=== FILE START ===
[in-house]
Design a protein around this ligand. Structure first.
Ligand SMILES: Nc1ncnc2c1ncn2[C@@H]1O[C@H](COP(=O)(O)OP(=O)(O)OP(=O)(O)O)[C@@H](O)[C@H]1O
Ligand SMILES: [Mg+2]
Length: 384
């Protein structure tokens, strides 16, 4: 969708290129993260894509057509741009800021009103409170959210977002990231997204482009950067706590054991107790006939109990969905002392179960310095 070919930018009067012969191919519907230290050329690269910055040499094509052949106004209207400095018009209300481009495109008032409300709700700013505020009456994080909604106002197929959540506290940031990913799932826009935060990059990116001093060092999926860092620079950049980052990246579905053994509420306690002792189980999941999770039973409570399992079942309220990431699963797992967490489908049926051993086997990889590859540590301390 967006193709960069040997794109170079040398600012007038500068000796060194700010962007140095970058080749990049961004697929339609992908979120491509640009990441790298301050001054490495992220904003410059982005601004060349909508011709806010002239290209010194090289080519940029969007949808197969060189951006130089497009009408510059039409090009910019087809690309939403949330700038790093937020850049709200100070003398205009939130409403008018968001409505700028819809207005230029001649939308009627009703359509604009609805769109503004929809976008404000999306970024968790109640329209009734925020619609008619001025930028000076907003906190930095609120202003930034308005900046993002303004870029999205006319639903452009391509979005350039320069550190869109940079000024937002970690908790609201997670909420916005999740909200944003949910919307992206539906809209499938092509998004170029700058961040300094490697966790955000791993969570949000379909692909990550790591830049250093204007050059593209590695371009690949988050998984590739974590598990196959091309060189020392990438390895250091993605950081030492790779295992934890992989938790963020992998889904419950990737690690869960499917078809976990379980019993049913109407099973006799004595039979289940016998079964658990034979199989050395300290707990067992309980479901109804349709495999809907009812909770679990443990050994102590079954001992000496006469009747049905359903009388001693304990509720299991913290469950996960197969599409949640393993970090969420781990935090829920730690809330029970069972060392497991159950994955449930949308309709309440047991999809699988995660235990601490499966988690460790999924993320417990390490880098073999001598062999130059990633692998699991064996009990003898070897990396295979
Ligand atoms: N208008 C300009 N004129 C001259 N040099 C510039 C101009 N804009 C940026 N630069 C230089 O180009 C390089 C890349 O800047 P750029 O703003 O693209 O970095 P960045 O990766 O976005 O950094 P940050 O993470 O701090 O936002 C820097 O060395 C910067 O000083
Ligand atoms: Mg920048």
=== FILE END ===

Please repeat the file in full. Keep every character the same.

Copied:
[in-house]
Design a protein around this ligand. Structure first.
Ligand SMILES: Nc1ncnc2c1ncn2[C@@H]1O[C@H](COP(=O)(O)OP(=O)(O)OP(=O)(O)O)[C@@H](O)[C@H]1O
Ligand SMILES: [Mg+2]
Length: 384
């Protein structure tokens, strides 16, 4: 969708290129993260894509057509741009800021009103409170959210977002990231997204482009950067706590054991107790006939109990969905002392179960310095 070919930018009067012969191919519907230290050329690269910055040499094509052949106004209207400095018009209300481009495109008032409300709700700013505020009456994080909604106002197929959540506290940031990913799932826009935060990059990116001093060092999926860092620079950049980052990246579905053994509420306690002792189980999941999770039973409570399992079942309220990431699963797992967490489908049926051993086997990889590859540590301390 967006193709960069040997794109170079040398600012007038500068000796060194700010962007140095970058080749990049961004697929339609992908979120491509640009990441790298301050001054490495992220904003410059982005601004060349909508011709806010002239290209010194090289080519940029969007949808197969060189951006130089497009009408510059039409090009910019087809690309939403949330700038790093937020850049709200100070003398205009939130409403008018968001409505700028819809207005230029001649939308009627009703359509604009609805769109503004929809976008404000999306970024968790109640329209009734925020619609008619001025930028000076907003906190930095609120202003930034308005900046993002303004870029999205006319639903452009391509979005350039320069550190869109940079000024937002970690908790609201997670909420916005999740909200944003949910919307992206539906809209499938092509998004170029700058961040300094490697966790955000791993969570949000379909692909990550790591830049250093204007050059593209590695371009690949988050998984590739974590598990196959091309060189020392990438390895250091993605950081030492790779295992934890992989938790963020992998889904419950990737690690869960499917078809976990379980019993049913109407099973006799004595039979289940016998079964658990034979199989050395300290707990067992309980479901109804349709495999809907009812909770679990443990050994102590079954001992000496006469009747049905359903009388001693304990509720299991913290469950996960197969599409949640393993970090969420781990935090829920730690809330029970069972060392497991159950994955449930949308309709309440047991999809699988995660235990601490499966988690460790999924993320417990390490880098073999001598062999130059990633692998699991064996009990003898070897990396295979
Ligand atoms: N208008 C300009 N004129 C001259 N040099 C510039 C101009 N804009 C940026 N630069 C230089 O180009 C390089 C890349 O800047 P750029 O703003 O693209 O970095 P960045 O990766 O976005 O950094 P940050 O993470 O701090 O936002 C820097 O060395 C910067 O000083
Ligand atoms: Mg920048």